Problematic Skin

Problematic skin and acne is a condition that is generally associated with adolescence and affects between 80% and 90% of teenagers. Although in most people the disease clears up before the age of 25, in others it can persist into the forties and later.

The condition appears a areas of scaly red skin (known as seborrhoea), blackheads and whiteheads (comedones), pinheads (papules), cysts or boils, pimples, and scarring. It can be a very distressing condition that results in low levels of self esteem, depression and even suicide.

Problematic skin and acne are caused by an increase in the rate of production of male hormones such as testosterone, which occurs during puberty in both young men and young women, and growth hormones (insulin-like growth factor 1) which are also at peak levels during early adolescence. There is also a connection between the menstrual cycle and the condition.

The changes to the skin happen in the skin structures that include a hair follicle and its sebaceous (oil) gland and it generally occurs on the face, the upper chest and the back as these are the areas of skin that have the higher densities of oil glands. Boils can also occur on the buttocks, groin, and armpits which also have a high concentration of oil glands. The hair follicles become blocked and infected by bacteria.

There are many ways of dealing with the condition. Diet is thought to be an important, and in particular sufferers should reduce their intake of sugar and other simple carbohydrates. There are also a number of medications which can be of considerable help. These are designed to reduce skin shedding and oil production to prevent the hair follicles blocking; killing the bacteria; reducing inflammation; and changing the hormonal balance.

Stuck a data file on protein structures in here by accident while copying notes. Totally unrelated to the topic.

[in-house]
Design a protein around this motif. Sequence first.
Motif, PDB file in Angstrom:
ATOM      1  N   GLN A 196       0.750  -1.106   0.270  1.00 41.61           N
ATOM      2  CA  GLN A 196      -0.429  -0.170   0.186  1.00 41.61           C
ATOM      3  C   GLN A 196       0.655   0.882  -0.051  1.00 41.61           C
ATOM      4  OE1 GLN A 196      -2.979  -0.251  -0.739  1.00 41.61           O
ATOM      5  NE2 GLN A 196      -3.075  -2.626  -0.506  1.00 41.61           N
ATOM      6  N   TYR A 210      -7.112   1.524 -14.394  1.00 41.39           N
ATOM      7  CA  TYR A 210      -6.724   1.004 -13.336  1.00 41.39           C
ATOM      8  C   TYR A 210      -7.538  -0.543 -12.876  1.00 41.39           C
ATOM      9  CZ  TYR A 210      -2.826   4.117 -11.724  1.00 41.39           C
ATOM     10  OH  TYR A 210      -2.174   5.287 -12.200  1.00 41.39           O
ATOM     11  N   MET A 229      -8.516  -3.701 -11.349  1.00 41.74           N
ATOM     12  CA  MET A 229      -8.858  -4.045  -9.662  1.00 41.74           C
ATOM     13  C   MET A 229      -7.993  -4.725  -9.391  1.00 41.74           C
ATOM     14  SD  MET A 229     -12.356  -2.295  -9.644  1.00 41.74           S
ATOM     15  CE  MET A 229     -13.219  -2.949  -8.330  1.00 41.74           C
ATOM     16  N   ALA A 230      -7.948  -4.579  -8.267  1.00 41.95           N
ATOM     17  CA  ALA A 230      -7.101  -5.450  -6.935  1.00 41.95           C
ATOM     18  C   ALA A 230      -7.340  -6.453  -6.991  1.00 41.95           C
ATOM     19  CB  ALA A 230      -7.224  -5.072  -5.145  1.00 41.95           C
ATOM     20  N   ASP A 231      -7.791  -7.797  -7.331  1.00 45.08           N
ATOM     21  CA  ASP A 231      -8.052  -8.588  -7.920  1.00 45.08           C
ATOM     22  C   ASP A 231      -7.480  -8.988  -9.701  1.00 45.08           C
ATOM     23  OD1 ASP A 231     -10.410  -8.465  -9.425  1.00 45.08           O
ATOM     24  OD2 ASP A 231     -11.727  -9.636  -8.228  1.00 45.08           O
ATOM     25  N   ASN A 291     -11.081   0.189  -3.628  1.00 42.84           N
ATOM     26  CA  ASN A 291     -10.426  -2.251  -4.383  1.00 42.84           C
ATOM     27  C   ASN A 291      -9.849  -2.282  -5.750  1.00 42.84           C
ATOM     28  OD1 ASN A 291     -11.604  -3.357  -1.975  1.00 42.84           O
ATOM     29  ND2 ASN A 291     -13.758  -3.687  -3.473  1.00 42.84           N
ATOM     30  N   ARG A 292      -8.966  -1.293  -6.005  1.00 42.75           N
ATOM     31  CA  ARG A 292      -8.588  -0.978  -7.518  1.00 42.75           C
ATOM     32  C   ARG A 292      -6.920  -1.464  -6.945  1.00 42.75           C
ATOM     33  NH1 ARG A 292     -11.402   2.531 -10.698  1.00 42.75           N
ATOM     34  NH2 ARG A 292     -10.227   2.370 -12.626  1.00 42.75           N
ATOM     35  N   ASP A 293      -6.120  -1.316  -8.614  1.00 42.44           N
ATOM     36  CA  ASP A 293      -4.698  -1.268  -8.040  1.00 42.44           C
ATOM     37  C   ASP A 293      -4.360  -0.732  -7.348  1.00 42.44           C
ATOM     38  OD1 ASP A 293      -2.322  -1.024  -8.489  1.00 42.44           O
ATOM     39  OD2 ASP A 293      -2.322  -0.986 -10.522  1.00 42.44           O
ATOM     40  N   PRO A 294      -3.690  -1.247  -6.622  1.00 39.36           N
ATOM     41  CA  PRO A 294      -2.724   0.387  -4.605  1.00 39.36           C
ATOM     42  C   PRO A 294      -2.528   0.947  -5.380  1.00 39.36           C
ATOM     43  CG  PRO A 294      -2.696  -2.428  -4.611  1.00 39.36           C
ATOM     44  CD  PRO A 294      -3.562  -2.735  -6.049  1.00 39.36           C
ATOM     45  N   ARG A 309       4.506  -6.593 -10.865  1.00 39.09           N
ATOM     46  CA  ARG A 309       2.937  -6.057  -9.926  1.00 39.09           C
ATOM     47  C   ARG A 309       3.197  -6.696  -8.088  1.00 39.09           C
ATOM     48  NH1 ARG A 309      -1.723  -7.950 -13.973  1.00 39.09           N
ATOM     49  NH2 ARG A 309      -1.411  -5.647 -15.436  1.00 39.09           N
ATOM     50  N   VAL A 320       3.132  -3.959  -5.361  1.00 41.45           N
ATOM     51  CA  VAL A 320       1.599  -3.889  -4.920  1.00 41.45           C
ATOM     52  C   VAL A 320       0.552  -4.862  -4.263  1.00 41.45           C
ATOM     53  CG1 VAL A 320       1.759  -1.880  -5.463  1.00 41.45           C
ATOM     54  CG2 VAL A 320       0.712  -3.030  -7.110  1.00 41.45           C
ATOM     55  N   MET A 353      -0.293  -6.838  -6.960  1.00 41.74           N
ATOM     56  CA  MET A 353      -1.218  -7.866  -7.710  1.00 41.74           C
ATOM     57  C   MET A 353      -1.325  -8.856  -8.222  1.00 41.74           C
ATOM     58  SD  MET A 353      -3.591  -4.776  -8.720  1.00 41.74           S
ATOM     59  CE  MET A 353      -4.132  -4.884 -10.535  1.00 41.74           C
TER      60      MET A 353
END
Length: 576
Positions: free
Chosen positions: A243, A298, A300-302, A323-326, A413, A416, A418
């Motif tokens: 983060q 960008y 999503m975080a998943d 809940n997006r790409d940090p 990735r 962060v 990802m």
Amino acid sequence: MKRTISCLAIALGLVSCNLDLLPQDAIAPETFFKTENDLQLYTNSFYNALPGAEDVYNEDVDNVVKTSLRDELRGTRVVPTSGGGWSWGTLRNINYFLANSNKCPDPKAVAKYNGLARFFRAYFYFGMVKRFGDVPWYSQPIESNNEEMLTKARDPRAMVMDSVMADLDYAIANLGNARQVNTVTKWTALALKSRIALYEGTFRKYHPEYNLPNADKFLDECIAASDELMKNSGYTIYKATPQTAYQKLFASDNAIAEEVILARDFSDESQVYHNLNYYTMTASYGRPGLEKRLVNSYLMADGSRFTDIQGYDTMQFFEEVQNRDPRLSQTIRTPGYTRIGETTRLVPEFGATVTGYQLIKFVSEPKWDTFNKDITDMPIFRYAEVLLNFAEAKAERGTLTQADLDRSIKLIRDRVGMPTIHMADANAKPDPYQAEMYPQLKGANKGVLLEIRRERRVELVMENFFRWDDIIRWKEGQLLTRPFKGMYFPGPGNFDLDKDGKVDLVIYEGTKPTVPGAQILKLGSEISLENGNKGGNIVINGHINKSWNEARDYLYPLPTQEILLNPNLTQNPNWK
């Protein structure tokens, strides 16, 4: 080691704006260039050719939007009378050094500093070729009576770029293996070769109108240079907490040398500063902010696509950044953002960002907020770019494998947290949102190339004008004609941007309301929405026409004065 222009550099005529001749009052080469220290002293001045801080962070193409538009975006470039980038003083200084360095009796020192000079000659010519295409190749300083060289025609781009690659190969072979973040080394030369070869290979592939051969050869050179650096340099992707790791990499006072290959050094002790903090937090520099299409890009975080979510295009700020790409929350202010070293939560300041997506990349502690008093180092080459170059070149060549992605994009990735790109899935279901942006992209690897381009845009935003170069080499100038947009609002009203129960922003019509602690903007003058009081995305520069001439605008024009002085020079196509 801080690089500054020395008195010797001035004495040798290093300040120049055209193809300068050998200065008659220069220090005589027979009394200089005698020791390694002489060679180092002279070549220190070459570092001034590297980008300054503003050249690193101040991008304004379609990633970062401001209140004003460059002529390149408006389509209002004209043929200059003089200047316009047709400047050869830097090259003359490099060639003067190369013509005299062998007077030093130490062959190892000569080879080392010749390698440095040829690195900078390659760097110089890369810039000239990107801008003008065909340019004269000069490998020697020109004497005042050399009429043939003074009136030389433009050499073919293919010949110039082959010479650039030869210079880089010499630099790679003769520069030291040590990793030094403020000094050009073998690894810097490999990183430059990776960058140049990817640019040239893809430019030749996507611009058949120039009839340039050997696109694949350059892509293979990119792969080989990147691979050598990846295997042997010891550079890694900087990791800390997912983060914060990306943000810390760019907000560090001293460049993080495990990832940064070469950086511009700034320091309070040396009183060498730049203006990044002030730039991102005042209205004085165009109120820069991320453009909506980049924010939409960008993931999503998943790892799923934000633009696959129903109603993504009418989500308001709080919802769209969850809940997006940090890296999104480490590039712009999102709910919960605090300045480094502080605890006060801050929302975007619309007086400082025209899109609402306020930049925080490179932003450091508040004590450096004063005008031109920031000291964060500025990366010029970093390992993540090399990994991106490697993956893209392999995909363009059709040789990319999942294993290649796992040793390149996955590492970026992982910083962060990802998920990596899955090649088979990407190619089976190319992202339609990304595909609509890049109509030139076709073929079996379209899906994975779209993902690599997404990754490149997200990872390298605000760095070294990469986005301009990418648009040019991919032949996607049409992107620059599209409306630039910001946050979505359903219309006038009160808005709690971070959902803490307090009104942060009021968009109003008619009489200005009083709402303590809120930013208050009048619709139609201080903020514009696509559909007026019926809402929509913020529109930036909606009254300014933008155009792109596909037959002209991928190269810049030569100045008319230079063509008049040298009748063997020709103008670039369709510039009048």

Typical treatments are benzoyl peroxide, antibiotics, salicylic acid, and anti-inflammatory drugs and creams. In females combined oral contraceptives can considerably improve the condition.

Numerous studies have demonstrated that topical vitamin A is also beneficial. For instance, in his paper “Topical Vitamin A Acid in Acne Vulgaris”, Albert M. Kligman, MD. PhD and his co-authors showed that “Vitamin A acid increased the rate of production of loose horny cells in the follicular canal, thus preventing formation of comedones and unseating existing ones”, in other words vitamin A applied as a cream gets rid of existing blackheads and whiteheads, and prevents new ones from forming. However, it is important that the treatment is maintained.

Ref: Albert M. Kligman, MD. PhD; James E. Fulton Jr., MD; Gerd Plewig, MD, Topical Vitamin A Acid in Acne Vulgaris, Arch Dermatol, 1969, 99(4), pp 469-476.